Original Air Dates: January 3 and January 10, 1952 (Radio)
Original Air Date: August 23, 1959 (Television)

The radio version of this story was perfect. It came right on the heels of the  death of Barton Yarborough who played Friday's first partner Ben Romero, so a script that centered on Joe Friday working pretty much alone definitely was helpful. This was one of many episodes where Friday went undercover to bust narcotics. This was somewhat notable as in the first episode, he caught part of the drug ring, revealing himself as a cop. In the second episode, he has to have their boss somehow still believing that he's a drug dealer so he can get to the source. It's a tough job that Friday has to do. To do it, he has to break out a tough persona that's reminiscent of many of the hard boiled characters he played over radio prior to Dragnet. The Television version is not in circulation. It was the last 1950s episode of Dragnet, but probably wasn't as good as 1) it wasn't two parts and 2) those really late Dragnet episodes suffered in quality. That's a shame because the radio version's a pure classic.

6) The Grenade

Original Air Date: September 14, 1967

This is probably the most exciting episode of the 1960s Dragnet, with perhaps one of  most tense and exciting moments in Dragnet history. It all begins with Friday and Gannon investigating a case where a troubled teenage boy threw acid on the back of another teenager at the movie theater.  The boy is released to the custody of his parents, but he's not done. In a rage over attempts by his stepfather to impose discipline he storms into a party he wasn't invited to and holds a a group of teenagers hostage. This leads to an unforgettable showdown with a live grenade.   This was a key episode for the 1960s Dragnet.  Dragnet had returned to the air after eight years absence with a thirteen episode short season and they needed a strong season opener. This did it and with gusto.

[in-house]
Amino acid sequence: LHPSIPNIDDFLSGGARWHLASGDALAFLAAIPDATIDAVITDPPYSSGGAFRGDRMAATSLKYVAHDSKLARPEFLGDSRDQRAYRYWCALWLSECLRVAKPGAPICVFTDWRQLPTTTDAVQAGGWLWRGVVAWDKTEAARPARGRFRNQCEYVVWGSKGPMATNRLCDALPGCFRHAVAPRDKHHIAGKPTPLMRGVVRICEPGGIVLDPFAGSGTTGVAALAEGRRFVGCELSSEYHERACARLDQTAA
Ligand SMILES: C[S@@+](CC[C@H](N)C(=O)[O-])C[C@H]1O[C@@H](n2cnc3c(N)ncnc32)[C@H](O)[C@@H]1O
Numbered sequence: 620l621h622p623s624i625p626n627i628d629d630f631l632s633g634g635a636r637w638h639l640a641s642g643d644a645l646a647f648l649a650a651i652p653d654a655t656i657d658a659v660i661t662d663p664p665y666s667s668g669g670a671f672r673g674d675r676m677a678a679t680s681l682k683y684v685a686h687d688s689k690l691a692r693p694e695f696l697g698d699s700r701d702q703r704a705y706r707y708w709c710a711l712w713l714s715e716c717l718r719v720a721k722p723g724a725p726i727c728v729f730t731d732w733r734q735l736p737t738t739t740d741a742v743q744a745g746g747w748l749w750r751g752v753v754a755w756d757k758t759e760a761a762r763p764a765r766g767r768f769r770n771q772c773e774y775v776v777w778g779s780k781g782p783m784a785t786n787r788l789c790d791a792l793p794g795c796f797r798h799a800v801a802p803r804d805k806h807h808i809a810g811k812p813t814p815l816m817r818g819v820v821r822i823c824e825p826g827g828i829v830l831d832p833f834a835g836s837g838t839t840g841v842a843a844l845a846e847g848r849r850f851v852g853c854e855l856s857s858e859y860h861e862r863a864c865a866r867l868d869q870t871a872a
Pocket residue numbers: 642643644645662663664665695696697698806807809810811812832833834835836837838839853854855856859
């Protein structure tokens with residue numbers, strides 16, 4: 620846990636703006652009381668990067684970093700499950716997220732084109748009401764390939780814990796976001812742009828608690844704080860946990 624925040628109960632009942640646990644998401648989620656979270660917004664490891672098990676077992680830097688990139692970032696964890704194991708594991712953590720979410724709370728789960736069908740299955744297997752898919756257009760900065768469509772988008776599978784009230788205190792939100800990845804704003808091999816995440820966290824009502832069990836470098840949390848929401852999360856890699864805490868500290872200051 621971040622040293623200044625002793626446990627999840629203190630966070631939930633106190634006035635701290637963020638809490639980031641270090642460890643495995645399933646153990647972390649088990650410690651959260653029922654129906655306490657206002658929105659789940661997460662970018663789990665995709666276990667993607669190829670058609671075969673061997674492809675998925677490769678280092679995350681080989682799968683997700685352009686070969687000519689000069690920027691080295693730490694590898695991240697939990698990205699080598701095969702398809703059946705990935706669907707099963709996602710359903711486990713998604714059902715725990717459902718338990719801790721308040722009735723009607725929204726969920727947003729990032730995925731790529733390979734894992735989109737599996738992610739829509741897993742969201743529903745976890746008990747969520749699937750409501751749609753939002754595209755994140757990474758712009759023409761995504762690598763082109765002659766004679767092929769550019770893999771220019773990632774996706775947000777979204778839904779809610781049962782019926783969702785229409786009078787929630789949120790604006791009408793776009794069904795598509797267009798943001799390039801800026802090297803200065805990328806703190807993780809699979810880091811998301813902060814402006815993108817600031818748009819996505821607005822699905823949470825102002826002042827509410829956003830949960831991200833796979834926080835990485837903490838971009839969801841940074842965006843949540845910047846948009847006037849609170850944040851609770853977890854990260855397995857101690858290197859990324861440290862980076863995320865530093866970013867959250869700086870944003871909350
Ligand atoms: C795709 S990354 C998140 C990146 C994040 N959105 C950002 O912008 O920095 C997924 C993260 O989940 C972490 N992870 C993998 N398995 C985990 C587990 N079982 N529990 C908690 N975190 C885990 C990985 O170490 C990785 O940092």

Next week, we countdown the top five greatest Dragnet stories ever.

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22Feb/131

EP0877: Yours Truly Johnny Dollar: The Woodward Manilla Matter

John Lund
Johnny investigates a big theft in the Philippines that coincided with the disappearance of the clerk.

Original Air Date: June 29, 1954

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21Feb/130

EP0876: Sherlock Holmes: The Adventure of the Curious Crypt

Sherlock Holmes investigates the disappearance of a wealthy man who spent a fortune on his crypt.

Original Air Date: May 30, 1949

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20Feb/130

EP0875: Let George Do It: Once a Crook

Bob Bailey

George is hired by the sister of an ex-con who has disappeared after her uncle was robbed.

Original Air Date: September 22, 1952